Brooks makes it official. She's seeking Guam Delegate office
Recently resigned Guam Public Auditor Doris Flores Brooks was so eager to make her candidacy for Guam Delegate to the U.S. Congress official that she headed up to the second floor offices of the Guam Election Commission at the GCIC Building in Hagatna ten minutes early, ahead of some punctually arriving local media members.
Brooks was accompanied by her husband, Attorney James Brooks, and a number of friends, relatives and supporters, as well as a few other Republican office seekers.
Brooks put in nearly 18 years as the first and only head of OPA to date; Guam law requires a special election to fill the office within 90 days of the vacancy.
So far, she's the only GOP candidate for the office; Incumbent Delegate Madeleine Z. Bordallo and Sen. Mike San Nicolas, both Democrats will contest their primary.
Brooks said a top issue for her is improving the health care of Guam's aging military veteran population, a matter that Bordallo has been pressured on at home and by her account, actively pursued in Washington . "One of the things I'm working on is to get better health care for our aging veterans because the area up there [Guam Community Based Outpatient Clinic in Agana Heights] is really not the clinic that they're looking for, so I think part of the challenge is to get more veterans to register. Another area is the unfunded mandates, to get more money for them. Earned income tax credits. That's been a major problem for GovGuam over the years that has hurt us. The Medicare upgrade because Guam is still saddled in the 1990s. And then, Compact impact and the reimbursement of that."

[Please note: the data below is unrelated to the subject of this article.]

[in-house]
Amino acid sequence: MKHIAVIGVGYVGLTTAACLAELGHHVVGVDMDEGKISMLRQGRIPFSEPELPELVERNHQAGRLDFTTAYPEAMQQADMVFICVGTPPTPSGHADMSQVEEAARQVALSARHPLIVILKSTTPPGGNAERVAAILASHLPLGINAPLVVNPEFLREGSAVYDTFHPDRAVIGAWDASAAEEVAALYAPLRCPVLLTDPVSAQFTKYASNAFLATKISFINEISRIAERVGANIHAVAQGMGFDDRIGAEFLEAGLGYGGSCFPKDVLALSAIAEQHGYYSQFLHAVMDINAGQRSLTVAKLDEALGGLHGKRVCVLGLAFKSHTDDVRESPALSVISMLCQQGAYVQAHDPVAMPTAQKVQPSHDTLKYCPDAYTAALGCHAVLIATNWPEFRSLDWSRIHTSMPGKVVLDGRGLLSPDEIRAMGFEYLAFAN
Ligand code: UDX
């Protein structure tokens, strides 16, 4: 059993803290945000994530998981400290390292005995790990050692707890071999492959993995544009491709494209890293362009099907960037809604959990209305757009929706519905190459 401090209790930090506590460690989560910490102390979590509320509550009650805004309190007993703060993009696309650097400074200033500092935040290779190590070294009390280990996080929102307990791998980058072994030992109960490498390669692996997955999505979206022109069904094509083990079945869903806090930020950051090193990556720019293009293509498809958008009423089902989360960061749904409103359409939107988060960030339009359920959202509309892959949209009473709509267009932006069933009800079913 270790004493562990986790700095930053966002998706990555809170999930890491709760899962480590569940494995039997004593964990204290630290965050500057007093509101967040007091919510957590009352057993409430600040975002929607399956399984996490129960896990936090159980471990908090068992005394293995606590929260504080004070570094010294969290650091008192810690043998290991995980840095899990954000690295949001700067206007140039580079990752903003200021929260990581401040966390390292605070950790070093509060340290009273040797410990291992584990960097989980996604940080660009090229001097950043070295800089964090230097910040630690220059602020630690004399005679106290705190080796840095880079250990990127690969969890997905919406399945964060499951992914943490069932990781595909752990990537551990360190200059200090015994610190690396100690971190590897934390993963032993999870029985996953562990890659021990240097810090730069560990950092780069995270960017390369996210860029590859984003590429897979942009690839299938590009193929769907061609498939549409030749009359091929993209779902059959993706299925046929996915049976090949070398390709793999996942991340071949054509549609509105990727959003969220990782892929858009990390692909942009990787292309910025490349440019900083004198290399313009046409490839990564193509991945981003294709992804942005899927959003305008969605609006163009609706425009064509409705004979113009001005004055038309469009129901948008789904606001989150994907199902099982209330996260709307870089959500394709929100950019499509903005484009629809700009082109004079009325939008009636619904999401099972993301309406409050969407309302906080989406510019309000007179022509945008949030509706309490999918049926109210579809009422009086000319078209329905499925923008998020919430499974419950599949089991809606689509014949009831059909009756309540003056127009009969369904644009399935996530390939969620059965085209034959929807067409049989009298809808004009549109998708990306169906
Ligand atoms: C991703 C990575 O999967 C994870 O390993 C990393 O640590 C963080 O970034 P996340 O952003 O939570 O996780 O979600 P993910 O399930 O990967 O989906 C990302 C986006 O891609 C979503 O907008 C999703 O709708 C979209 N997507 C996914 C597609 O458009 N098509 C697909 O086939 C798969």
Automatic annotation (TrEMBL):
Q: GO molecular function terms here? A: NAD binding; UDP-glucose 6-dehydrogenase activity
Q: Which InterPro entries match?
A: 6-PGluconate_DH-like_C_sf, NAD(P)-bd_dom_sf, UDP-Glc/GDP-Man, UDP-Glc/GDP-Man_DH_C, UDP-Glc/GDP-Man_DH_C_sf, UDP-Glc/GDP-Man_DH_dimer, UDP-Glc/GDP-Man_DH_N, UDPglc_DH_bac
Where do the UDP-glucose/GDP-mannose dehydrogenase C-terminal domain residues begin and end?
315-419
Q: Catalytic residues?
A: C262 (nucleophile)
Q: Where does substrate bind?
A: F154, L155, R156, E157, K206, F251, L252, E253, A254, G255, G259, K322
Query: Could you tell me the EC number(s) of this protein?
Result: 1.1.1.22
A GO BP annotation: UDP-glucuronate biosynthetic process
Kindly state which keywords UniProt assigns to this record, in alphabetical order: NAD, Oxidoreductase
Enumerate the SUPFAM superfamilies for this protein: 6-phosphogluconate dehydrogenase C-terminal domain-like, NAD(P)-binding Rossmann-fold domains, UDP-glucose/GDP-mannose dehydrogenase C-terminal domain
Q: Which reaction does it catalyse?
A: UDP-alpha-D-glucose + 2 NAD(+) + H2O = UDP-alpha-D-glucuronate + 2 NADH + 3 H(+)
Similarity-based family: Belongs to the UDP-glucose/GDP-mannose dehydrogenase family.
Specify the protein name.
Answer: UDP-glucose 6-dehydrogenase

"Oh, and the H2B worker matter. I'm glad to see we're getting it for the military, but it has stopped construction in the private sector, so at least in the military aspect we can see some relief, but not the private sector. "
It was also clear that candidate Brooks will be reprising frequent criticism that Bordallo did not accept a compromise proposal on World War II Guam reparations, leading to the present situation:
"This is where our delegate messed up on this, because this was offered by [U.S. Senator John McCain] many years ago, you've heard of that, the McCain amendment. She turned it down. McCain's offer at that time was for the people affected. What she wanted was for their off-spring. Now, we have exactly what McCain wanted. We're coming out of our right pocket and paying out of our left pocket. It's coming out of our Section 30 monies. So that's that's what I mean when I say, rather than having it come out of our pocket, we need to have it go back on the federal government."